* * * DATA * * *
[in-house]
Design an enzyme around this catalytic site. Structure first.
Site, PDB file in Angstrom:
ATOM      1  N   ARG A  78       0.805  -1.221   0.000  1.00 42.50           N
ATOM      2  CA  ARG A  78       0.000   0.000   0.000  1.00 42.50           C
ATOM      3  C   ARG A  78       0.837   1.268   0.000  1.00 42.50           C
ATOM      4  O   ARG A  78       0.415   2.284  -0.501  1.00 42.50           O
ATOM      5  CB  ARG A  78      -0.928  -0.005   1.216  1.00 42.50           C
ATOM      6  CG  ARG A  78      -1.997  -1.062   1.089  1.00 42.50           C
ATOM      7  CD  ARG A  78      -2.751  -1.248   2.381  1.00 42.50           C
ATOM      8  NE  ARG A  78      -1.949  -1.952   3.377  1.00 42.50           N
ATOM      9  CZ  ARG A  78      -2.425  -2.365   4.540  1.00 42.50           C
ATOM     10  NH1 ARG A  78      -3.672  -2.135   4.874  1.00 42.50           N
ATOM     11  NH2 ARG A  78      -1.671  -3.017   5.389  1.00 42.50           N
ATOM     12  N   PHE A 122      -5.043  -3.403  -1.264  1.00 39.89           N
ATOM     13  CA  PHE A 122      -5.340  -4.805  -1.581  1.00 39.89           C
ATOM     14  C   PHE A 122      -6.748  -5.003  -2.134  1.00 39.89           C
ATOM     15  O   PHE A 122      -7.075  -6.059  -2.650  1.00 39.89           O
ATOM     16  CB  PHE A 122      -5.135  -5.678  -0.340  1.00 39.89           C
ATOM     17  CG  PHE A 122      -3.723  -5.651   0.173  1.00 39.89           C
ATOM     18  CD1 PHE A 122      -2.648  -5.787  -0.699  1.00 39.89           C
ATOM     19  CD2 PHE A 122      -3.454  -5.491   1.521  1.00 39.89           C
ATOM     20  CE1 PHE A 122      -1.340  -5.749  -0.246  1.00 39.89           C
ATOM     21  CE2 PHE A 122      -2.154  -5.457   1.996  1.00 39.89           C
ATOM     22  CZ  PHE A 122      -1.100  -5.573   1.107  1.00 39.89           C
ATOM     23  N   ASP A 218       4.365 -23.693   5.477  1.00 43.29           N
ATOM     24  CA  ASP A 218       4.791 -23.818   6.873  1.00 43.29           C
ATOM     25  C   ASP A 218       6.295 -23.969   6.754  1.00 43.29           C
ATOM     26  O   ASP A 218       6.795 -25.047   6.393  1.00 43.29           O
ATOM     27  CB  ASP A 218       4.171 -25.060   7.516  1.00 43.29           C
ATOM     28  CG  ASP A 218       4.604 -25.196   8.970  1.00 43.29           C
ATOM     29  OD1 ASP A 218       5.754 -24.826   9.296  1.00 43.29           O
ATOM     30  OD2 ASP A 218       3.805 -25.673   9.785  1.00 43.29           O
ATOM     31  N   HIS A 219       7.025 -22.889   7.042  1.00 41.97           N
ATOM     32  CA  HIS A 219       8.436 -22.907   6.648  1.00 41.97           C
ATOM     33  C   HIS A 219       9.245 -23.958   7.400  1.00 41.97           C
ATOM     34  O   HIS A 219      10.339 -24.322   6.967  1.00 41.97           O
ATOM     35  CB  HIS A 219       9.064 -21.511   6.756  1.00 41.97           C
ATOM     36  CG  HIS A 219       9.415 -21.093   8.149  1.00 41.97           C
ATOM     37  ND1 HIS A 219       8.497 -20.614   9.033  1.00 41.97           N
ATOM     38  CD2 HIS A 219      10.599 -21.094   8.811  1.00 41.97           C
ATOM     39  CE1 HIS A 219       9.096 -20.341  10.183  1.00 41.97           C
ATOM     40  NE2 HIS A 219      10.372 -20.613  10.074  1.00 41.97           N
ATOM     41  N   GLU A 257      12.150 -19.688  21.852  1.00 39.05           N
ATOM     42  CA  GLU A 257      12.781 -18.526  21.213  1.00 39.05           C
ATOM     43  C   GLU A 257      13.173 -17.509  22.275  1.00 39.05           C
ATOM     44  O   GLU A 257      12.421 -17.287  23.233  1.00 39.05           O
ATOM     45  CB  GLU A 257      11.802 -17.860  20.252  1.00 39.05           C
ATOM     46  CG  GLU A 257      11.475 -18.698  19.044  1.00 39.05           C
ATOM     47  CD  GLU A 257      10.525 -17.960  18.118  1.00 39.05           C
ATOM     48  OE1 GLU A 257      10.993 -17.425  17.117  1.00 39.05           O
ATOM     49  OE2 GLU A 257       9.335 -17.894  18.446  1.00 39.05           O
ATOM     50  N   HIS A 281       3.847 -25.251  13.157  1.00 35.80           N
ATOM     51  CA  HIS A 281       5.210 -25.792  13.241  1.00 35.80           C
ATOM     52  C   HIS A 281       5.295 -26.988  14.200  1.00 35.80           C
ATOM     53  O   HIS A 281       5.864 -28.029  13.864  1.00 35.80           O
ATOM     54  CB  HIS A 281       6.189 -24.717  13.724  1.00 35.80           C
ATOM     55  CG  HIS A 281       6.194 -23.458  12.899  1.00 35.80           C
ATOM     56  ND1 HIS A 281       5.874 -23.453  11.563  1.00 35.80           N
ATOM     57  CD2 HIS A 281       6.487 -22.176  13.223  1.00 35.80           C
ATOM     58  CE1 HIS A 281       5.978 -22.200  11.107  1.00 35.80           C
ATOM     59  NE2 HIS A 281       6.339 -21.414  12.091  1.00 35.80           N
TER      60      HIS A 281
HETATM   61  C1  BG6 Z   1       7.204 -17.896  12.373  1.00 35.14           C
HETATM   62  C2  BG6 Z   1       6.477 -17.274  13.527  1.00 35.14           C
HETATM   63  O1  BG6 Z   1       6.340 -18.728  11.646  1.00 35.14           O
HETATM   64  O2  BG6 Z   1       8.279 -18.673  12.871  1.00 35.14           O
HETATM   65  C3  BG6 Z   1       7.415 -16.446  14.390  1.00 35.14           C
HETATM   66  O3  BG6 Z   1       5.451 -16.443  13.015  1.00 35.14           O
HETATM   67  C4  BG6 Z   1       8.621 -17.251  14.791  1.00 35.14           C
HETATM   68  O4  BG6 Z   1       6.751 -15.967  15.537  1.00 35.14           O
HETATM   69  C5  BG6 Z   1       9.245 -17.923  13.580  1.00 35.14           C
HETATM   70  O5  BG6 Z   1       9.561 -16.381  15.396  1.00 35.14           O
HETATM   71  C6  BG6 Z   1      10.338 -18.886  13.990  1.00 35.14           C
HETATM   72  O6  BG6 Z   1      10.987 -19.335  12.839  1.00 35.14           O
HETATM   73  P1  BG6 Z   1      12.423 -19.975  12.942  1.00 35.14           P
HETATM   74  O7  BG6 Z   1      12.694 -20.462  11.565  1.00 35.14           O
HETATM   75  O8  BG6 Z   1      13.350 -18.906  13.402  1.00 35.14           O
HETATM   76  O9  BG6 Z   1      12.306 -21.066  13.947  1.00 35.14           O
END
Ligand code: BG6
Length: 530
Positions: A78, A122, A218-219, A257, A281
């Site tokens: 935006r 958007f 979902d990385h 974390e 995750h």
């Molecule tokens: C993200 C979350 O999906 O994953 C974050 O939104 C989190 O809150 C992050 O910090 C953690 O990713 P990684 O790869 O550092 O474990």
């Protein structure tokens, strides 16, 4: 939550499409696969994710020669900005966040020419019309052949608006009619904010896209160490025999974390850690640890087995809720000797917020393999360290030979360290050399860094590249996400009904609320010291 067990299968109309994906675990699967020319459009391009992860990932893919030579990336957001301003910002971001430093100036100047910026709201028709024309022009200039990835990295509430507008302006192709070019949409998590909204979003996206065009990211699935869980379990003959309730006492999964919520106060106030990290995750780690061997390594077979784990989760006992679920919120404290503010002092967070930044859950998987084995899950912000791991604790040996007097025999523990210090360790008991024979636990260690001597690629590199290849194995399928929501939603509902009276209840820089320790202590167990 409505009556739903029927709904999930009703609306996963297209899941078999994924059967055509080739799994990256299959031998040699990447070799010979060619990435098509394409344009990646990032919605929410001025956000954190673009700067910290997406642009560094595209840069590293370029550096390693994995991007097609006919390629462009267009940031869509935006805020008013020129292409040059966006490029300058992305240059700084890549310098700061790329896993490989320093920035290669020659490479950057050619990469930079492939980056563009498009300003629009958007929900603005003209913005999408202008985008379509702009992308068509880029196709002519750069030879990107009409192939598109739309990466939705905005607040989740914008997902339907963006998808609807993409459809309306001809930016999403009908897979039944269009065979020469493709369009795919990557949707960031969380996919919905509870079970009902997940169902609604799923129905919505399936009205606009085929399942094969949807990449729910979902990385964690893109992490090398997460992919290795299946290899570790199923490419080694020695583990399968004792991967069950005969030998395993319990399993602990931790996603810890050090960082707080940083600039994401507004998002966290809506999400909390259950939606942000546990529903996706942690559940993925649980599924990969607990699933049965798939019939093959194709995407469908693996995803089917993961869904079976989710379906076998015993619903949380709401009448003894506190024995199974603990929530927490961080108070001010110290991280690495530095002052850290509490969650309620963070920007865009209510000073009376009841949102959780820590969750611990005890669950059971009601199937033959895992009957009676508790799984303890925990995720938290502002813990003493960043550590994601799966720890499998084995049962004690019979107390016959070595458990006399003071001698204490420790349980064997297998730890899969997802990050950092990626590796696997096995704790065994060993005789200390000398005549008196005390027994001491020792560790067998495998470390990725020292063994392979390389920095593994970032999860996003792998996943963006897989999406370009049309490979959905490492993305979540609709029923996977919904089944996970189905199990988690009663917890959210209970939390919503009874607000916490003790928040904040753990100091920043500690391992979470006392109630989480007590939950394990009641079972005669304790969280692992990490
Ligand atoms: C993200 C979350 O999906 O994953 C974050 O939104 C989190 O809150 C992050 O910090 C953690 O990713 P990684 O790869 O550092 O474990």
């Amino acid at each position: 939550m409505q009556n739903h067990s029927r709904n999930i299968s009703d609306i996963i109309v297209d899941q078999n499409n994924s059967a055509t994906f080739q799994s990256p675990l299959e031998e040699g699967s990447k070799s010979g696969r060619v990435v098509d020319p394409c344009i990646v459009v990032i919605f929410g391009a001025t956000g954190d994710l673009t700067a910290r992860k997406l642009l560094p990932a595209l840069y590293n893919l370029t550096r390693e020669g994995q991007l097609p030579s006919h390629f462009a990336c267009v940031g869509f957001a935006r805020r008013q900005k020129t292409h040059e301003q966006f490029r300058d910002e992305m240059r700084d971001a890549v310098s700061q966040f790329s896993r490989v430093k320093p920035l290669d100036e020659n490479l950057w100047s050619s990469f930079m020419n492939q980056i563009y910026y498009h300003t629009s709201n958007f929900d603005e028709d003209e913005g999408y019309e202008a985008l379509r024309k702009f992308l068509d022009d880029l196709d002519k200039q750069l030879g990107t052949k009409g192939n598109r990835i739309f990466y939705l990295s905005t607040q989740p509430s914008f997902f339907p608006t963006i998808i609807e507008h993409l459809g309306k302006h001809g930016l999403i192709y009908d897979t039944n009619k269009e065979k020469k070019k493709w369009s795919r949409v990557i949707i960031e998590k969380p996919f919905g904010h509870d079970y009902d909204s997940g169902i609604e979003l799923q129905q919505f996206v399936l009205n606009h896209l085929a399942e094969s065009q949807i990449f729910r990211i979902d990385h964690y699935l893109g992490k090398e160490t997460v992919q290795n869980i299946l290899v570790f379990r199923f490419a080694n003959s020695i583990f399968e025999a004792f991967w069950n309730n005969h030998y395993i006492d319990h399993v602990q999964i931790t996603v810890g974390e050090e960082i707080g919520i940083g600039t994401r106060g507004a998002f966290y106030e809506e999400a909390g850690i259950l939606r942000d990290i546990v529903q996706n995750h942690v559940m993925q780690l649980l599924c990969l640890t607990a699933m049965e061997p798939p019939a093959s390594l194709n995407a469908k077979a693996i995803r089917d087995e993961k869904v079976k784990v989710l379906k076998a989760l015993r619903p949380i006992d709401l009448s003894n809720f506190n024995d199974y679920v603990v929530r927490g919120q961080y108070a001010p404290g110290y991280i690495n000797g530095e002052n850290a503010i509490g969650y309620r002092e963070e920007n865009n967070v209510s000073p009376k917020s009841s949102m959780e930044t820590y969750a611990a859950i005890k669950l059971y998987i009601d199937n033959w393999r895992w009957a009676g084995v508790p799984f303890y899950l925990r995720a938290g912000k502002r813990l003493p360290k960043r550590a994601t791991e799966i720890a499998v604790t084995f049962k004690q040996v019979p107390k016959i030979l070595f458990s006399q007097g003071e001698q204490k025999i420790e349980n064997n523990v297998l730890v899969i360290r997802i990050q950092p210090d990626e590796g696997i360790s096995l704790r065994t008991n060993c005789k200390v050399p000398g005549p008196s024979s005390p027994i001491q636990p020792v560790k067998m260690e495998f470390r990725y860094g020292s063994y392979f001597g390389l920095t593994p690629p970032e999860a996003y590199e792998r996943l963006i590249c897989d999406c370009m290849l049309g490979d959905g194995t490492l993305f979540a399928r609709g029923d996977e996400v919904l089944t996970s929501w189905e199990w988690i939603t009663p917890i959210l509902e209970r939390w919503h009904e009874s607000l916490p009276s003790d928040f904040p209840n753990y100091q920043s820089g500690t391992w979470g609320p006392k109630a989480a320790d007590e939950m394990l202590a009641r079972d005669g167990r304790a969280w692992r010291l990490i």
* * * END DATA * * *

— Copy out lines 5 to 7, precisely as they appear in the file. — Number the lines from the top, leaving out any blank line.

ATOM      2  CA  ARG A  78       0.000   0.000   0.000  1.00 42.50           C
ATOM      3  C   ARG A  78       0.837   1.268   0.000  1.00 42.50           C
ATOM      4  O   ARG A  78       0.415   2.284  -0.501  1.00 42.50           O